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THE WINDFALL by Diksha Basu

The Windfall by Diksha Basu is about the Jhas, a middle-aged Indian couple in Delhi who move from their middle-class apartment and neighborhood to a fancy new house when Mr. Jha sells his website for a lot of money. They are sad to leave their old friends behind and experience some growing pains as they get used to a bigger house and being able to buy whatever they want, but Mr. Jha in particular is eager to show off his wealth to his new neighbors. Meanwhile, their son Rupak is failing out of graduate school in America and hiding his American girlfriend from his parents.

That’s pretty much the whole book, other than a subplot about a young widow (neighbor to the Jhas) who finds love with the brother of the Jhas’ new neighbors.

So, I *really* didn’t like The Windfall. The characters were vapid and materialistic, caring only about appearances and keeping up with the rich neighbors and impressing the old ones. They don’t talk about anything of substance, ever. There is one time when Mr. Jha seems to question the purpose of life to Mrs. Jha, but that lasts about 2 sentences and is over before she can even respond. Rupak is aimless, inconsiderate and lazy, and when he gets booted from Ithaca College for smoking dope, his parents welcome him back to India and seem almost proud that he’s back living on their dime, because it shows that they are rich enough to support him. He at least seems a little more introspective than his parents, who just bicker and whine at each other.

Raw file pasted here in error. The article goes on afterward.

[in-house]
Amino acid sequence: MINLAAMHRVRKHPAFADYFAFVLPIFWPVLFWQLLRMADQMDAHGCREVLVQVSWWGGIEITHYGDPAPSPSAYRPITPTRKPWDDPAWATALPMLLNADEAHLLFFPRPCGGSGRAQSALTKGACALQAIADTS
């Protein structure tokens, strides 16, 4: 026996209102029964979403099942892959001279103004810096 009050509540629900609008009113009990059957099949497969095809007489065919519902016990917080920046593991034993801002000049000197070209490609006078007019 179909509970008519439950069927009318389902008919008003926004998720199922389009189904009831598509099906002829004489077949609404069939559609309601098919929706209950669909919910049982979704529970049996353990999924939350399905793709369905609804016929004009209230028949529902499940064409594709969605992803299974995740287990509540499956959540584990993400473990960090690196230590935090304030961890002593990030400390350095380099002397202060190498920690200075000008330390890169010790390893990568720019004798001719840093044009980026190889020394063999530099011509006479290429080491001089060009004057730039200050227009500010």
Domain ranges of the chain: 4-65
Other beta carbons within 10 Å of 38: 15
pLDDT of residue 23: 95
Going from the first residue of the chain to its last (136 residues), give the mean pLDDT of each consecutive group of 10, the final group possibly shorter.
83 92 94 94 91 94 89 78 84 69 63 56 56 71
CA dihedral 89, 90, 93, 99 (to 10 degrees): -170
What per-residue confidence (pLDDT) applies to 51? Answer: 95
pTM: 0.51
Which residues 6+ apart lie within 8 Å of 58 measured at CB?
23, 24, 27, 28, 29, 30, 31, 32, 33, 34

There was so much potential here – The Windfall could have been funny, incisive, biting, wry, or even just plain interesting – and it was none of those things. There was no tension or suspense, and one out-of-character meltdown right at the end of the book seemed totally implausible and out of place, rather than serving as some sort of dramatic peak.

I didn’t even get a good sense of Delhi from this book – just the fancy new neighborhood of Gurgaon and the Jha’s new sofa.

I listened to The Windfall on audio. Narration by Soneela Nankani was fine – she did different accents for different characters, particularly people of different social levels – but I wonder if her narration exacerbated my issues with the book. Even she seemed to be irritated by the characters. She probably could have toned the performance down a little bit, just to make it all seem a little less absurd, but I am not sure it would have redeemed the book for me.

Cute cover, at least.